Howls of protest met President Trump's recent pledge to use threat of funding cuts to force universities to uphold free speech rights on campus. But it turns out that such a policy has been in place for Ontario, Canada's post-secondary institutions since the start of this year, and it was modeled after one developed by the University of Chicago.
So it was that former academic Norman Finkelstein's sold-out lecture about Gaza at the University of Toronto this week---hosted by the Association of Palestinian Students but not endorsed or supported by the University---was billed as "one of the first high-profile tests" of Ontario's new campus free speech rule.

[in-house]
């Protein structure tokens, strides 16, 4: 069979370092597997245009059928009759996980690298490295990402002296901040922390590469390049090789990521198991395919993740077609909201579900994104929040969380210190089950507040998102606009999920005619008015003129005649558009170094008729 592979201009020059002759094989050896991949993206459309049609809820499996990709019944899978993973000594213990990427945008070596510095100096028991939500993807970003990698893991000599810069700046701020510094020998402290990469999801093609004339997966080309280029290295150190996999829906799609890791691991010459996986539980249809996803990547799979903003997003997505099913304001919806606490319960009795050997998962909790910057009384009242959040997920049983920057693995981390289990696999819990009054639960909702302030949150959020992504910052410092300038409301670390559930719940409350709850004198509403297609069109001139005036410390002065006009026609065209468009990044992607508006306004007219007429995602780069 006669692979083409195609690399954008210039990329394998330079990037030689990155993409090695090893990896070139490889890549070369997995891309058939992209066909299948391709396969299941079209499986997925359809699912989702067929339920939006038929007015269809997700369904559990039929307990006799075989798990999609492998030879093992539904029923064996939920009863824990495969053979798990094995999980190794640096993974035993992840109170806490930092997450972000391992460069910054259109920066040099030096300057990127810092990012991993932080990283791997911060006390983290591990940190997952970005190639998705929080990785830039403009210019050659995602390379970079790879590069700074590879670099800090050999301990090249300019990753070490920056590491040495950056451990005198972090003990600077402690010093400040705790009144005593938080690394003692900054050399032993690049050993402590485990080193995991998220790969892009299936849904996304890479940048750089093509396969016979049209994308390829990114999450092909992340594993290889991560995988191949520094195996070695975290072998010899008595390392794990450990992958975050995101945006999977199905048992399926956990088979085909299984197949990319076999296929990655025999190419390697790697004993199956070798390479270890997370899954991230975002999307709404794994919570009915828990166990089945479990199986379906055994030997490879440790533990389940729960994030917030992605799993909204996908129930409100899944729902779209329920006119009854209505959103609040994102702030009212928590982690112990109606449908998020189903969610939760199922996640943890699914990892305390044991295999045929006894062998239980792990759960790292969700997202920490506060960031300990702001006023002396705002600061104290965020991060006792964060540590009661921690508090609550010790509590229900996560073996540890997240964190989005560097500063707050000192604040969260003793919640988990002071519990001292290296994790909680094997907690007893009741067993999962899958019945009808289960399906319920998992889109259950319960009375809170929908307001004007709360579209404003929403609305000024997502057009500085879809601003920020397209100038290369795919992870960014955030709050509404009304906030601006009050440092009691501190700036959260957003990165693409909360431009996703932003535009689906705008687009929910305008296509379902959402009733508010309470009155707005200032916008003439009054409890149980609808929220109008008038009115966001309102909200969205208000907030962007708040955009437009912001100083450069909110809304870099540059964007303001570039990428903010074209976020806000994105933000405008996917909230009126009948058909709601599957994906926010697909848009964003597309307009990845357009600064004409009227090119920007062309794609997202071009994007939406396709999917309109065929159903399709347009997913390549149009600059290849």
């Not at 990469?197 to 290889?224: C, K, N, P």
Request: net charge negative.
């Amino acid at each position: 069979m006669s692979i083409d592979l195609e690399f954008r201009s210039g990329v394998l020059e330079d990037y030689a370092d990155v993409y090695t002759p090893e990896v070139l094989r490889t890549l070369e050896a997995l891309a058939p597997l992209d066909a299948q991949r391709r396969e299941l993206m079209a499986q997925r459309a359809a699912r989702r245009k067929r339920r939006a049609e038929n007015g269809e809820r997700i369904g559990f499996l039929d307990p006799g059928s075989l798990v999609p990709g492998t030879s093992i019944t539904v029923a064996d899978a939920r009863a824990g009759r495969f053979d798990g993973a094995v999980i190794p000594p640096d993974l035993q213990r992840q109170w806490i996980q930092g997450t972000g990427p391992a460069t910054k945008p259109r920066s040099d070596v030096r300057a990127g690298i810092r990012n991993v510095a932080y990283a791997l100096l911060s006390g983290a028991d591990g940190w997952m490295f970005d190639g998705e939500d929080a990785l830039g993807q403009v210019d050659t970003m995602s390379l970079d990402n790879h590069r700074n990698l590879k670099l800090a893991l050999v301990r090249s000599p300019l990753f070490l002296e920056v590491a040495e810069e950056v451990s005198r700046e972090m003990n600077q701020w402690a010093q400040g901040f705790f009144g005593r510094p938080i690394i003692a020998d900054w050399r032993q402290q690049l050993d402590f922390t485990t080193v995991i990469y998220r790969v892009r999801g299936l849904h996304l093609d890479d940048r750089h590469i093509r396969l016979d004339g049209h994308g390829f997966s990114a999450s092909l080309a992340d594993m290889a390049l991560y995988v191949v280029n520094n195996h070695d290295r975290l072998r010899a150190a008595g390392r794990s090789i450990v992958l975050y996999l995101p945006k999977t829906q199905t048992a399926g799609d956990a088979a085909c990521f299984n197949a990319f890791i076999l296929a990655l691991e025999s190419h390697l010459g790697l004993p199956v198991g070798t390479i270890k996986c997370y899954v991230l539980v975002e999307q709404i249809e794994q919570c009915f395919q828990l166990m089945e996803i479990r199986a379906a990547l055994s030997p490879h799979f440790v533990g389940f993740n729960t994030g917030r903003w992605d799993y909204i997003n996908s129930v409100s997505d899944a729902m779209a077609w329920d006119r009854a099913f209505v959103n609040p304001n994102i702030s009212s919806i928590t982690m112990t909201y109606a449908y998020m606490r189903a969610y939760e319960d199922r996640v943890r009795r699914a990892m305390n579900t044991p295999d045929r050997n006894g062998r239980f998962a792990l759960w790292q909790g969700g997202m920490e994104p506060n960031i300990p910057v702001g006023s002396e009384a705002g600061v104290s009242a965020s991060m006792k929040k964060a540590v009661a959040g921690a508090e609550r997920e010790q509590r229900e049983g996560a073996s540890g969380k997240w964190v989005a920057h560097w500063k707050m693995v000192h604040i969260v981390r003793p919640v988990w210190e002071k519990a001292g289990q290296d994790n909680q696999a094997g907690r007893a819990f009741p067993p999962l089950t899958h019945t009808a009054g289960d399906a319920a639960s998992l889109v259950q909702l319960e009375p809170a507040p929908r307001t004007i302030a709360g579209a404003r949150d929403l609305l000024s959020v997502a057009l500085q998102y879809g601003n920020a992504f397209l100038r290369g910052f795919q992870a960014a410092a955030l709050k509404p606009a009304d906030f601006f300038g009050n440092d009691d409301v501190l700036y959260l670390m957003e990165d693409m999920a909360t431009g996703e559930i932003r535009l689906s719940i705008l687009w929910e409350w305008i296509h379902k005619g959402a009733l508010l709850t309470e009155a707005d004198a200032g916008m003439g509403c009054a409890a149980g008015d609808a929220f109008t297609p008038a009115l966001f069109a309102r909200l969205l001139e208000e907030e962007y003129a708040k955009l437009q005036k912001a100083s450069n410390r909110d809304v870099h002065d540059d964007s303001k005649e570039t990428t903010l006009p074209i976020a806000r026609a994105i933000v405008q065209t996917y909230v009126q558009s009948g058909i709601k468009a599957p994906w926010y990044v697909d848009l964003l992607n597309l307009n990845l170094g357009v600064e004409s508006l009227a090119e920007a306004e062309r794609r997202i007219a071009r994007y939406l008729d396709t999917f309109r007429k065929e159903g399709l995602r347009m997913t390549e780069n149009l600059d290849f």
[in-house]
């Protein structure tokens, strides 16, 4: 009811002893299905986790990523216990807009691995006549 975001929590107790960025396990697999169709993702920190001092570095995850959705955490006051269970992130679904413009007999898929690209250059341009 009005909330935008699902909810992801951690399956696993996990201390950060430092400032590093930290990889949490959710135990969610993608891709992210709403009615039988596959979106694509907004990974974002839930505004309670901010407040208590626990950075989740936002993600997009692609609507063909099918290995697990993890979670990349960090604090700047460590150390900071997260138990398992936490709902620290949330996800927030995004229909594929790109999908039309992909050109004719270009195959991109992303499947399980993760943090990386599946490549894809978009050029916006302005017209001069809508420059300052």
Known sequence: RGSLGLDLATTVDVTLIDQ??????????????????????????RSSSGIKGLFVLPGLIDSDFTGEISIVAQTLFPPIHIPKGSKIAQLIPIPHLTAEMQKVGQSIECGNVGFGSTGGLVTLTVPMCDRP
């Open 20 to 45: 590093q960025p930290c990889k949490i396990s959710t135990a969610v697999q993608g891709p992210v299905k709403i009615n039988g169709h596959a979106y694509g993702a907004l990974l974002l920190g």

If Finkelstein---who authored a book accusing Jews of exploiting the Holocaust for gain, alleged that Israel poisons Palestinian children through the water supply, and was banned from Israel for expressing solidarity with Hezbollah during the 2006 war in Lebanon---can pass muster at the University of Toronto, then we expect the same to apply to a pro-Israel or a conservative speaker in the future. Then we'll know that free speech truly is being protected in Ontario's universities.